When I started my own business I had no idea what I was doing. I had insurance, a business license and registered my business with the county.
Taxes were a whole new process. A different form and a new way of tracking my expenses and income like I had never done before. I decided to hire a CPA so I wouldn’t make any mistakes.
So there I was, a new mom with new expenses, building my clientele and designing my own studio, leading workshops and courses on the healing arts to teens and women.
When I took my records to the tax office, she reviewed them all, filled in the lines as required and asked me a few questions here and there. I made an appointment to return a week or so later so I could finalize my taxes as complete with my signature and pay her for her services.
When all was said and done she announced that I had not made any money. I had broken even, had a small tax fee to pay and a flat rate that I owed her of a few hundred dollars. I wrote her a check after signing everything and went to my car, tax packet in hand. In my car I opened it up again, stared at the number which emphasized my non-income and broke out in tears. I leaned my head against my steering wheel for emphasis. It took me about 10-15 minutes to finish up my sobs when something occurred to me.
I had a wonderful year. My experiences, my work and clients, my time with my kids and vacations, and even my additional work training had all been amazingly joyful, fulfilling and engaging. I was surrounded by abundance, living in a beautiful home in one of the most extraordinary places in the world. Why was I so sad? I wasn’t suffering and there were no repercussions aside from the fee I had to pay my tax person.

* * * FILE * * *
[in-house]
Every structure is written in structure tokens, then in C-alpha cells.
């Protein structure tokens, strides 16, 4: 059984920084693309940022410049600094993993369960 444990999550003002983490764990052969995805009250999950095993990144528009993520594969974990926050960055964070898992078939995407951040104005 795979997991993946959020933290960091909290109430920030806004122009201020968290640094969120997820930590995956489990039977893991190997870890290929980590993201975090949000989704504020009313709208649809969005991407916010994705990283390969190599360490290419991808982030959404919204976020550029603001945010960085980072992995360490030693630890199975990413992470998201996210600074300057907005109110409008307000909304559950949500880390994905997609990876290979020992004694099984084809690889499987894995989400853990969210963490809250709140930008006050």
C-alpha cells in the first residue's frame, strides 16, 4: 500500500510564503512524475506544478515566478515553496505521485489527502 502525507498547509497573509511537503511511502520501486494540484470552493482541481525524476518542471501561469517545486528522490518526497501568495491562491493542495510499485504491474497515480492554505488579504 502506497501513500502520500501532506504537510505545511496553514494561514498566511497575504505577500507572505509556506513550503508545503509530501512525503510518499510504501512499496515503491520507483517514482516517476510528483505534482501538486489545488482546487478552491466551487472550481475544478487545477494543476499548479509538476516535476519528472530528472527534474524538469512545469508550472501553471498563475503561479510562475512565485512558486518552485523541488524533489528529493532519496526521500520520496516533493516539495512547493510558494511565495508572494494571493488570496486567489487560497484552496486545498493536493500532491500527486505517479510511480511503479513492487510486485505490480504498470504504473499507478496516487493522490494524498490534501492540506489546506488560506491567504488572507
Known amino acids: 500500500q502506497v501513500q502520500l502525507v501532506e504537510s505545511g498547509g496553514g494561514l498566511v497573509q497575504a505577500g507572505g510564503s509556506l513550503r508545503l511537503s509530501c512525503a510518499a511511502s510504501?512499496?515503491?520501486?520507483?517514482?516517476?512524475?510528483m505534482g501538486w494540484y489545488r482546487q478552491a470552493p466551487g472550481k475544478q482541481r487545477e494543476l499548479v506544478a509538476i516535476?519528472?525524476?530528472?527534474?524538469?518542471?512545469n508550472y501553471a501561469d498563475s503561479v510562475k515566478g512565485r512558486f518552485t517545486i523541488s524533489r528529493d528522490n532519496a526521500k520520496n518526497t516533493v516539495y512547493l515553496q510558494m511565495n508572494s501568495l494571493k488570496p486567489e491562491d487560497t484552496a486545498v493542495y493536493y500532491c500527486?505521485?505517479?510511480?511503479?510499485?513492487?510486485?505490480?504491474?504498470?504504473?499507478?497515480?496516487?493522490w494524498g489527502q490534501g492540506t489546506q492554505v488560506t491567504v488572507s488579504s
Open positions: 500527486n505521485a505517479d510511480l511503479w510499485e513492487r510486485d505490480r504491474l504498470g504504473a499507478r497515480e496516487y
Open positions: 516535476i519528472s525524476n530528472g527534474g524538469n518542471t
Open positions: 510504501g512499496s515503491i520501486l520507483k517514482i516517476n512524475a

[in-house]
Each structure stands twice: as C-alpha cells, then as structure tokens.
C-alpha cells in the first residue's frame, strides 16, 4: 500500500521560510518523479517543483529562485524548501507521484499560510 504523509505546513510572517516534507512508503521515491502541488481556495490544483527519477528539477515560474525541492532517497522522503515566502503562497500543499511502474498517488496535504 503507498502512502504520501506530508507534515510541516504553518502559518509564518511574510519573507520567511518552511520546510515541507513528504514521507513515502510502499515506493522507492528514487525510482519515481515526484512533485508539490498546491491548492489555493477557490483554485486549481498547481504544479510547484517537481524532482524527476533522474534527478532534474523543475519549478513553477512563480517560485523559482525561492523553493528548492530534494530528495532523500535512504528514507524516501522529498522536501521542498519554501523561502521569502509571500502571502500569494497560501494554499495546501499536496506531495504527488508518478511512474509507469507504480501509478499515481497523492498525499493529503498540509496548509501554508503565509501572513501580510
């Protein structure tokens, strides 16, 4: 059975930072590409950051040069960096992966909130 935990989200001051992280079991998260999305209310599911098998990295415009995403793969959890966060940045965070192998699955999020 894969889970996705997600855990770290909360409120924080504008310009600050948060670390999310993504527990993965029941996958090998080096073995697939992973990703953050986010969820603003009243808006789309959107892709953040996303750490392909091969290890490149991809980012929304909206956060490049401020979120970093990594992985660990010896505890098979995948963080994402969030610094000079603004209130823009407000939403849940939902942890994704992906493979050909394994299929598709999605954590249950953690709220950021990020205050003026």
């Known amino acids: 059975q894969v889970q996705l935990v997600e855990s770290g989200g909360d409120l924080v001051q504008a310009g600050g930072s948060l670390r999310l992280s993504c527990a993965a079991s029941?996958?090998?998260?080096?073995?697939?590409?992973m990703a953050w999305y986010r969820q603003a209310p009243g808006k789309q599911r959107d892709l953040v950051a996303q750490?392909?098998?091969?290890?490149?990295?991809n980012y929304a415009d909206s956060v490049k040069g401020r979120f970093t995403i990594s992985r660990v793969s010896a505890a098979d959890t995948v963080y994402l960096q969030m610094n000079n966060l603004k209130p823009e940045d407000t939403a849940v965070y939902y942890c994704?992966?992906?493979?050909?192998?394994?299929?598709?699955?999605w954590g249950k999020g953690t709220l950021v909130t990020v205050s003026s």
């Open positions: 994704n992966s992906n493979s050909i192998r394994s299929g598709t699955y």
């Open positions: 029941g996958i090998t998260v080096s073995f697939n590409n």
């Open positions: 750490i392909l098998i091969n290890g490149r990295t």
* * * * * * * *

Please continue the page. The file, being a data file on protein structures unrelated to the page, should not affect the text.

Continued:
My energy and optimism immediately returned. I started up my coveted SUV and drove away satisfied with myself and my life. I saw that I could take all the facts and turn them into something grim and shameful. Or, I could bring my presence to my personal experience of life. How I spent my time, energy and focus was completely worthwhile to me regardless of the numbers. Having more income to work with could potentially make it better but there was no guarantee. Perhaps it would cost me less time with my kids or compromise the quality of services I offered and enjoyed so much. I had plenty of food, clothing, and other resources to work with and my creativity was flourishing with ideas of what I could offer next.
I was enjoying my life. I had choices. I felt freedom to pursue ideas and goals.
I knew the numbers wouldn’t always turn out this way. So I let it go. I let go of the story that I had failed and stepped into the opportunities that were on the horizon.
This practice has gotten me through so many difficult setbacks and loss of expectations. I’ve grown tremendously from ALL of my life experiences whether intended or not. I love who I am and if I had not had those experiences I would not be who I am today.
As a result, I release blame and guilt much more easily towards myself and others. I understand that no one is perfect and if they say they are, they likely have even more growth ahead of them than those who can name their growth edges and places they would like to improve themselves. There is always something to do, to consider, to look deeper at or from a new perspective. I recognize that as I lean into challenges, I get through to the broader understanding a lot quicker and am a better person for it with a greater sense of peace and confidence in myself.